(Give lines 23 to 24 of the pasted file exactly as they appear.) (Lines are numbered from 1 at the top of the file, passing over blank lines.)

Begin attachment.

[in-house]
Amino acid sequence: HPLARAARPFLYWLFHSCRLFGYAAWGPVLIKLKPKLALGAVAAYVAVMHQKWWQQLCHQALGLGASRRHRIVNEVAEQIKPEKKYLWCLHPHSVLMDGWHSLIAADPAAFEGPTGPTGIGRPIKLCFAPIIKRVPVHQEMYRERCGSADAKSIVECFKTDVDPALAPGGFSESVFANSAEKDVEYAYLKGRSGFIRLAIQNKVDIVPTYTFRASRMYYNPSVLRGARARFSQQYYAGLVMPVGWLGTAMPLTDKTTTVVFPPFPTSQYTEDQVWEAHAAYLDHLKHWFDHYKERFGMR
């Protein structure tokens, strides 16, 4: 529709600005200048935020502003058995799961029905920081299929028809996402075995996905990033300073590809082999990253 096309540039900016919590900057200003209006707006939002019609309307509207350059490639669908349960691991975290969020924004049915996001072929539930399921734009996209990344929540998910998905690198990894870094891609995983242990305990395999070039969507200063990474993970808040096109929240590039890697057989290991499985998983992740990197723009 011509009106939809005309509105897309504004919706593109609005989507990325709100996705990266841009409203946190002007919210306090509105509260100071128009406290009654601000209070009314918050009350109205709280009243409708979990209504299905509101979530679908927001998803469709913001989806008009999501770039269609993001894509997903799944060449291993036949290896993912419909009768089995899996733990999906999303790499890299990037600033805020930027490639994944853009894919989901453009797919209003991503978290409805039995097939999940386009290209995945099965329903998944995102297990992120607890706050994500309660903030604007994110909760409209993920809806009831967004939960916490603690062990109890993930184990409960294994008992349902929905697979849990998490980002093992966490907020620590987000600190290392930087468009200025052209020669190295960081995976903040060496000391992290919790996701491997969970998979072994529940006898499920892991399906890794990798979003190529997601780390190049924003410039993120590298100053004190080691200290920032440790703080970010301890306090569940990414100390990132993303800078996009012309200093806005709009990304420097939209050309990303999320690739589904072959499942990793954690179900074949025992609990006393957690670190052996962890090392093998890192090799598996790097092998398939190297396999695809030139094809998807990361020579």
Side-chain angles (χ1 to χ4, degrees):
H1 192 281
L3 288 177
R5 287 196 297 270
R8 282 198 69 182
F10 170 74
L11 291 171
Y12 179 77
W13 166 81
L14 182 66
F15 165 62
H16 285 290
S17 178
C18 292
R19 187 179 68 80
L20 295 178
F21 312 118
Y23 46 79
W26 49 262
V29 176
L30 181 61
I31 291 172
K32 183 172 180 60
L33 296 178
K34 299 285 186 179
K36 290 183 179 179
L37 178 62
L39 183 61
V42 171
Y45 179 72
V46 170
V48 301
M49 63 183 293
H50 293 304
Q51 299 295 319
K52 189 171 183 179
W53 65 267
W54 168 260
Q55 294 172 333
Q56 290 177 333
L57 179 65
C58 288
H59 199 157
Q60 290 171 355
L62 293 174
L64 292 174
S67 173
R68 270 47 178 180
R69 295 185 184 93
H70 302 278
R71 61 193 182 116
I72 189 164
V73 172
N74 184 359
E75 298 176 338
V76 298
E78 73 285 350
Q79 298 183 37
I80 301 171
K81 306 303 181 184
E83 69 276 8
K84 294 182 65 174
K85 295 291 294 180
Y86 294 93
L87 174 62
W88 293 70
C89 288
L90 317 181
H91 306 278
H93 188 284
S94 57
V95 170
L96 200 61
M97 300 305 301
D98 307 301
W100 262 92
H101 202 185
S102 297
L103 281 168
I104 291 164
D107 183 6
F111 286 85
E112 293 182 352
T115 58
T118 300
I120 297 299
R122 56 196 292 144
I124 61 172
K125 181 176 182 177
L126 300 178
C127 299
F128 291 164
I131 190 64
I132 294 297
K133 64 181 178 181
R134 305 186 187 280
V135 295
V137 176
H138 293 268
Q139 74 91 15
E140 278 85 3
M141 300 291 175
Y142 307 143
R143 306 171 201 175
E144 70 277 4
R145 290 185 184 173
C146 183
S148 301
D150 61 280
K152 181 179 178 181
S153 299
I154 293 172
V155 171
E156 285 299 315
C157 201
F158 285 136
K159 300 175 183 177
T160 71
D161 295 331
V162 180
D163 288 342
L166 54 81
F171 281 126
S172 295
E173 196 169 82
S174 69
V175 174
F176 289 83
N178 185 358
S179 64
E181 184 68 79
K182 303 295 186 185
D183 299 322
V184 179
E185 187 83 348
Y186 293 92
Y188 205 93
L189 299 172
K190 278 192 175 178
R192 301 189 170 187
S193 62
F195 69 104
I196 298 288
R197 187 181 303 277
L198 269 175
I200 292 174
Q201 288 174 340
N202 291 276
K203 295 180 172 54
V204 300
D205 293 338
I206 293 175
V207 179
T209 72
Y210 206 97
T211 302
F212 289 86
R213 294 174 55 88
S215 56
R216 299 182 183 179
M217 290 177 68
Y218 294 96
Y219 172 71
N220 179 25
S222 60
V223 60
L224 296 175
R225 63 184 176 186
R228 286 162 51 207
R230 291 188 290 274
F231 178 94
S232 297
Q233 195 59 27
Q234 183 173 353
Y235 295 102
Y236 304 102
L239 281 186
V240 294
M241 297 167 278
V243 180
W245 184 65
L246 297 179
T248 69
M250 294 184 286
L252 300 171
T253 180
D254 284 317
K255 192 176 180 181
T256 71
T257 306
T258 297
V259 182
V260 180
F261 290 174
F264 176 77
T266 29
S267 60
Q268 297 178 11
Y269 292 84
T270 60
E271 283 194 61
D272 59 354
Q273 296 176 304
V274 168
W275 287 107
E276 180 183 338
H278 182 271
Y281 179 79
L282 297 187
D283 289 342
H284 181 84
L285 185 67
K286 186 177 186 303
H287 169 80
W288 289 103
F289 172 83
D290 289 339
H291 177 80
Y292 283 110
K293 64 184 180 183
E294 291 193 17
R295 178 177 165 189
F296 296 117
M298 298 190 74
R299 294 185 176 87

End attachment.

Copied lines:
V29 176
L30 181 61